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U.S. Olympic Committee Announces Inaugural Jesse Owens Olympic Spirit Award To Be Posthumously Bestowed To Muhammad Ali At 2016 Team USA Awards

By United States Olympic Committee | Sept. 20, 2016, 5:22 p.m. (ET)

The inaugural Jesse Owens Spirit Award will be posthumously bestowed to Olympic champion Muhammad Ali, who passed away on June 3, and accepted by his wife, Lonnie Ali.

COLORADO SPRINGS, COLO. – The United States Olympic Committee today announced that the inaugural Jesse Owens Olympic Spirit Award will be presented to its first honoree at the 2016 Team USA Awards presented by Dow, Best of the Games, taking place Sept. 28 at Georgetown University. The annual award will recognize an individual(s) who has served as a powerful force for good in society, inspiring others by contributing to a better world, uniting people or leading a cause. In 2016, the award will be posthumously bestowed to Olympic champion Muhammad Ali, who passed away on June 3, and accepted by his wife, Lonnie Ali. 

“Our father believed in the power of the Olympic spirit, and felt that its capacity to spread goodness throughout the world has no boundaries,” said Marlene Owens-Rankin, one of Owens’ three daughters. “We are honored that the USOC has created this new award in his name to recognize individuals for the positive impact they make on society. We greatly appreciate the USOC for recognizing our father with the initiation of this award.” 

The Jesse Owens Olympic Spirit Award was created in collaboration with the Owens family on the 80th anniversary of Owens’ record-breaking performances at the 1936 Olympic Games. In Berlin, Owens was considered the most successful athlete at the Games, winning four gold medals and setting three world records. He is credited with defeating Adolf Hitler’s myth of Aryan supremacy by showcasing what makes a true champion: excellence and character. 

The award looks to celebrate Owens’ spirit and legacy, and to recognize their presence in others. Throughout his life, he used the power of sport to inspire youth and change the world. He broke down race barriers on a global stage. He worked with underprivileged children in playgrounds and classrooms throughout the country and overseas. He served as a board member and former director of the Chicago Boys’ Club, as America’s Ambassador of Sports for the U.S. State Department, and as a U.S. Goodwill Ambassador. His passion for serving his community was resounding, and his legacy continues through all of those he inspired. Owens passed away in 1980 at age 66, but his impact is still evident around the world.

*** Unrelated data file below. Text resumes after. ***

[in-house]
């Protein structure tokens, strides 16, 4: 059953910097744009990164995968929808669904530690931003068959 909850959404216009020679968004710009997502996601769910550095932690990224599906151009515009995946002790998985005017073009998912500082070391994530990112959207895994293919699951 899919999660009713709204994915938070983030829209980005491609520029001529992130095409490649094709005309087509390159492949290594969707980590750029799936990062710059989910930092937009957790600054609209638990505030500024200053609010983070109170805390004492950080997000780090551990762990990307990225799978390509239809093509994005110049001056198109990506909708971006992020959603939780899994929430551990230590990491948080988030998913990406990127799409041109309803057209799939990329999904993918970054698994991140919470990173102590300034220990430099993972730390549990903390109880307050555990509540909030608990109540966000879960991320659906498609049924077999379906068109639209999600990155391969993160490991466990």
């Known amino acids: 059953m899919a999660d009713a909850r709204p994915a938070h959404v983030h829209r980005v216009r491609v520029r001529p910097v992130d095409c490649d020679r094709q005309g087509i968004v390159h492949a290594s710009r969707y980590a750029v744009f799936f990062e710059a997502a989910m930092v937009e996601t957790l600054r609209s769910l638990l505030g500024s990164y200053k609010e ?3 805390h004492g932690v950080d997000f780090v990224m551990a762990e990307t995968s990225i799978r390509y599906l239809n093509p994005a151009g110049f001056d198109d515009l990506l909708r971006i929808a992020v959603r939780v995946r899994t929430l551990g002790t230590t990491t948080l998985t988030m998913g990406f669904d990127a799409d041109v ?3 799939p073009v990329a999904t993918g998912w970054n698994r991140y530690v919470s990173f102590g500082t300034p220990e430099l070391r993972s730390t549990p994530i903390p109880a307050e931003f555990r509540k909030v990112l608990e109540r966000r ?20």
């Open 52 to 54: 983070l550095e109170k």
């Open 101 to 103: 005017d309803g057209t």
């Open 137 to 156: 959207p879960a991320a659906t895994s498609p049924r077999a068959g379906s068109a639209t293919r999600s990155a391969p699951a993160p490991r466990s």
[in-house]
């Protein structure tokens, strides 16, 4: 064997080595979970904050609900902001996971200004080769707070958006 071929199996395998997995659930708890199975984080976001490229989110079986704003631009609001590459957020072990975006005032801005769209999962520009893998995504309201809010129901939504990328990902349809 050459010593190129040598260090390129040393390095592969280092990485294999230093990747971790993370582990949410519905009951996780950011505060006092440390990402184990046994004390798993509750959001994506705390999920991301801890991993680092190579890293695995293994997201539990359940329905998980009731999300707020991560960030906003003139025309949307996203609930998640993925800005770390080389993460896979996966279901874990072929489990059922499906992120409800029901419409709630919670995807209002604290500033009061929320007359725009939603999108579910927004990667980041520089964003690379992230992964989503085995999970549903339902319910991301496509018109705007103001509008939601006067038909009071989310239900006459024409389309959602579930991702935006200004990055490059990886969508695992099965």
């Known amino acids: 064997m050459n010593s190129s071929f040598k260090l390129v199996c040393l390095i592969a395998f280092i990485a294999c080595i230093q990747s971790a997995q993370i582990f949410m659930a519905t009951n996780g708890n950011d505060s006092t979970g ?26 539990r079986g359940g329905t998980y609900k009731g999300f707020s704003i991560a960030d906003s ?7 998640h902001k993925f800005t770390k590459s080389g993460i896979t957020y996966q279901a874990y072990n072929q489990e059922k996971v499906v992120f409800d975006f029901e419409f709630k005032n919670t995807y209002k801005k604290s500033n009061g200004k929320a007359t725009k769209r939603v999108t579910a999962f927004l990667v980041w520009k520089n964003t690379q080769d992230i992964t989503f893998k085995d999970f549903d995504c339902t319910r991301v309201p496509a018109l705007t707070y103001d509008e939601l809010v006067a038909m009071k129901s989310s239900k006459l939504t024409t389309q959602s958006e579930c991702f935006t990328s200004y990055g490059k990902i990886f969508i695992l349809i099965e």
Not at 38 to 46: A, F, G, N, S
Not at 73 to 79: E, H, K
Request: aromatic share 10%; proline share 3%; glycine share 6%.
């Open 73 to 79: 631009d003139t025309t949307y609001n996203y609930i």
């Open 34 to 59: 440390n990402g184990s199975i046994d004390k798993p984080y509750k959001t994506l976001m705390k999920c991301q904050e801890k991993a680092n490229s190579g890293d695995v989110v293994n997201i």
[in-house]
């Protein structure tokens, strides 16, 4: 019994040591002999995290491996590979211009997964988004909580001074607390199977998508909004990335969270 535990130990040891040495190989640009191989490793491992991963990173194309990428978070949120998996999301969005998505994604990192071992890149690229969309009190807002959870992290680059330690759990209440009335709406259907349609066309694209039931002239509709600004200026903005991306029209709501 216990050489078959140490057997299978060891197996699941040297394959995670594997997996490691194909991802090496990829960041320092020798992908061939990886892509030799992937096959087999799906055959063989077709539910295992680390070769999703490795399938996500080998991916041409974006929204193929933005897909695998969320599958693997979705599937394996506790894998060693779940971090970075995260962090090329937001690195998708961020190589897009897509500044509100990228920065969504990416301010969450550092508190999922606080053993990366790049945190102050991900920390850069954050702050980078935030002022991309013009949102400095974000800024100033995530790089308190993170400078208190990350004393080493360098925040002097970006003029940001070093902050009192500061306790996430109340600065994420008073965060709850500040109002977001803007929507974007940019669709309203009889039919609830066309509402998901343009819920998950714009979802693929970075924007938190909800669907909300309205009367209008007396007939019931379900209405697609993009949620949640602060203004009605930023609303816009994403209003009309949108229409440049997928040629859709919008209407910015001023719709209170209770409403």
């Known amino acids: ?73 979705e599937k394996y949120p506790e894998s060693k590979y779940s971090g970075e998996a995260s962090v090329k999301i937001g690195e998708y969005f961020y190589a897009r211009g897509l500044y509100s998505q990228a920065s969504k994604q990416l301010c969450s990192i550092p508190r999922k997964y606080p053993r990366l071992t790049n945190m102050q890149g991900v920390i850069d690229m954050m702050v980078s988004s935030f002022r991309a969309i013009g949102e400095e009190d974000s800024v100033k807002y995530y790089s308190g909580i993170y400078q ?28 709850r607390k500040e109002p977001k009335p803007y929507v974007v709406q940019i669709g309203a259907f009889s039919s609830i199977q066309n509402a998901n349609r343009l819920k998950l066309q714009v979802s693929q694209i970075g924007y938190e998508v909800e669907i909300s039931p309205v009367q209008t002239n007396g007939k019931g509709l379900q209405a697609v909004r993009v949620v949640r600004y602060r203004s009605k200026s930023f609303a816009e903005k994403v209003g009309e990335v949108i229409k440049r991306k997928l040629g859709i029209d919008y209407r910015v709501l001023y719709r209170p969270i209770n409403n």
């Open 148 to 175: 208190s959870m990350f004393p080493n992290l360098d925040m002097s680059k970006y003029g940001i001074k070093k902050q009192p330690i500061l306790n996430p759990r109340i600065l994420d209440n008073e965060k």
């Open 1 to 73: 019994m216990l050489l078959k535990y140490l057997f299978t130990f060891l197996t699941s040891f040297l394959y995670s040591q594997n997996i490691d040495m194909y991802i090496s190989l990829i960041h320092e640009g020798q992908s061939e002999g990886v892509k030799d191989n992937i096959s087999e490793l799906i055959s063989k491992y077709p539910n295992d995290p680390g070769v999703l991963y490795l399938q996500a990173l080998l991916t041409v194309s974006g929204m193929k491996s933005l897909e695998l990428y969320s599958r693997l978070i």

“Jesse Owens is one of the greatest Olympians of all time, not just for his remarkable athletic accomplishments, but for the impact he had on shaping a better world,” said USOC CEO Scott Blackmun. “We believe this award is a fitting way to both honor his legacy and to recognize the inspirational acts of individuals who also endeavor to make a difference in society, just as the Olympic Movement aims to contribute to a better world through sport. 

“As a champion both in the ring and for the rights of people all over the world, Muhammad Ali’s legacy has transcended generations. We honor him with this award to celebrate his life’s work and his commitment to achieving equality and establishing peace for a better future – a reflection of the Olympic spirit that Jesse Owens ignited in 1936. We hope this award will showcase and celebrate that Olympic spirit throughout time and in all corners of society.”